(Algiers) The Algerian Audiovisual Authority (ARAV) urged the media not to “focus excessively on negative news” in their coverage of the health crisis at a time when Algeria is experiencing a surge in COVID-19 and oxygen starvation cases .
Posted on Jul 29, 2021 at 2:17 pm
In a statement on Wednesday evening, she urged TV channel managers to “carry out their missions for viewers and not overly focus on negative news and tragic stories related to the COVID-19 contamination.”
Such information can only “sow fear, anxiety and despair in society, and the situation will become even more difficult to deal with,” the ARAV said.
The Authority believes that it is essential to “respect professional rules, show weight in reporting and accuracy in the dissemination of information or images”, especially when social networks are “a main source of information”.
Those responsible for television news and information broadcasts are therefore called upon to “avoid dramatization and fear in speeches,” emphasized the ARAV.
The most populous country in the Maghreb (44 million inhabitants) is faced with a sharp increase in daily contamination cases.
Since the epidemic began in February 2020, 168,668 contaminations, including 4,189 deaths, have been officially registered. According to the Ministry of Health, the daily record for infections was broken again on Wednesday with 1,927 cases.
However, the number of infections in the past 24 hours fell to 1,537 cases on Thursday without giving a reason, almost 400 fewer than the previous day.
But the official numbers – especially deaths – do not reflect reality, as media reports from some medical professionals suggest.
In light of this third wave of pandemics in Algeria, the authorities specifically banned access to certain beaches and promised to speed up the delayed vaccination campaign.
Almost six months after the first vaccinations, almost 3.5 million Algerians were vaccinated, said Algerian Prime Minister Aïmène Benabderahmane on Thursday evening.
Algeria has received 9 million doses of vaccine so far – Russian (Sputnik), Swedish-British (AstraZeneca) and Chinese (Sinovac and Sinopharm) – and will receive another 9.2 million in August, Benabderahmane assured.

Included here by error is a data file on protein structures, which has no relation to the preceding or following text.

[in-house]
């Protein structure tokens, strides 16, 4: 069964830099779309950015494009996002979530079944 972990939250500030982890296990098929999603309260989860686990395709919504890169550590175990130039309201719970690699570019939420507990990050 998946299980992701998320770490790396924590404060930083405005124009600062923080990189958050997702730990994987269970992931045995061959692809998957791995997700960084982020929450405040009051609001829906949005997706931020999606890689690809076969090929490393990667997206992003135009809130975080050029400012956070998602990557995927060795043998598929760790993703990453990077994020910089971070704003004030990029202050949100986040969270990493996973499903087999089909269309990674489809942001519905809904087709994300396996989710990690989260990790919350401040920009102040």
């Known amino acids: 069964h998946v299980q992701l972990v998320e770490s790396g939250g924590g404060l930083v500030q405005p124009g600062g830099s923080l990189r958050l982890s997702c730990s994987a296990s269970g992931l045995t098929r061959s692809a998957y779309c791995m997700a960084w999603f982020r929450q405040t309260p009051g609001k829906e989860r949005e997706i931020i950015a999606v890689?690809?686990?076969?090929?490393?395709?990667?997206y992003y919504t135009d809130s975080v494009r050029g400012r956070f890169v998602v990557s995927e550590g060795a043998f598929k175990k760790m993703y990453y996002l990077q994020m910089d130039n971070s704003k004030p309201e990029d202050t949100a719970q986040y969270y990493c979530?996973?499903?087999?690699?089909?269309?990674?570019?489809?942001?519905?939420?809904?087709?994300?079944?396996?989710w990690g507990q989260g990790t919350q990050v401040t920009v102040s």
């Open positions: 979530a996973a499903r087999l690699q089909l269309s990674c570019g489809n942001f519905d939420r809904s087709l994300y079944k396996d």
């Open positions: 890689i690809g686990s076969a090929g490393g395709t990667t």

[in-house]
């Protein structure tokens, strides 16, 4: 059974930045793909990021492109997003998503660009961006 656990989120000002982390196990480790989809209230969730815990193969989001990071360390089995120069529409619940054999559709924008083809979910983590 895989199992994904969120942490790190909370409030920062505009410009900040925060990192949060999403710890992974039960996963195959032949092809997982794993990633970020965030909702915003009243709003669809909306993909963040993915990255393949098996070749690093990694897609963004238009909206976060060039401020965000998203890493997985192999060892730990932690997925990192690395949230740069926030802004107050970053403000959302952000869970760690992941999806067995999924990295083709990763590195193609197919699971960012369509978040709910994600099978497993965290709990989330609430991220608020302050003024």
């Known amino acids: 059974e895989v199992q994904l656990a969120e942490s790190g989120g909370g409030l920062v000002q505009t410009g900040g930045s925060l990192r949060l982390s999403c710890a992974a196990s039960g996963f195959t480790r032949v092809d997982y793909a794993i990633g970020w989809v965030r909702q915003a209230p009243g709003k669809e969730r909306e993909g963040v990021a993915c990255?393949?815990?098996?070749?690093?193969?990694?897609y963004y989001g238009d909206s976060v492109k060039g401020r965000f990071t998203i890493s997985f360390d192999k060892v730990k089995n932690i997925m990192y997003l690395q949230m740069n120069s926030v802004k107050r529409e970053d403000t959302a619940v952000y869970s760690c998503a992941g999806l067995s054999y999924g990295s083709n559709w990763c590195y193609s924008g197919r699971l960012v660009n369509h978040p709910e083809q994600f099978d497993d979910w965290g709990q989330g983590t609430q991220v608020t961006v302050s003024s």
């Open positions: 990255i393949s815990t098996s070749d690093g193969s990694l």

“Algeria will produce the Sinovac vaccine locally starting in September, with a monthly quantity of 2.5 million doses,” he said.
But the immediate priority is the lack of oxygen. Individuals and some hospitals are absent, particularly due to inventory and distribution issues.
Volunteers have started handing out free oxygen bottles in Blida near Algiers, a prefecture one of the prefectures hardest hit by the pandemic, AFP journalists noted.
A private industrial gas company has decided to dedicate part of its plant in Blida to the production and filling of medical oxygen bottles.
Citizens of all ages are waiting in front of the factory, armed with medical prescriptions, hoping to get at least half of the oxygen prescription.
The bottles are free, but rationed to help as many families in need as possible.
“Even if it’s rationed, we can relieve as much as possible,” Farouk Touileb, 36-year-old paramedic, told AFP.
According to health experts interviewed by AFP, who wished to remain anonymous, “the industrial production of medical oxygen in Algeria largely covers hospital needs”, even in times of COVID-19.
“But the tension (in the supply) is the result of poor management of the distribution loop and a lack of anticipation regarding the needs induced by the third wave of the pandemic.
And large public hospitals have not benefited from a prospective plan to restart or purchase medical oxygen generators, the same sources said.
According to the Prime Minister, Algeria will import more than 160,000 liters of oxygen and ten production units with a capacity of 20,000 to 40,000 liters per day in view of the increasing demand.
It must bring in at least 15,000 oxygen concentrators in the coming weeks.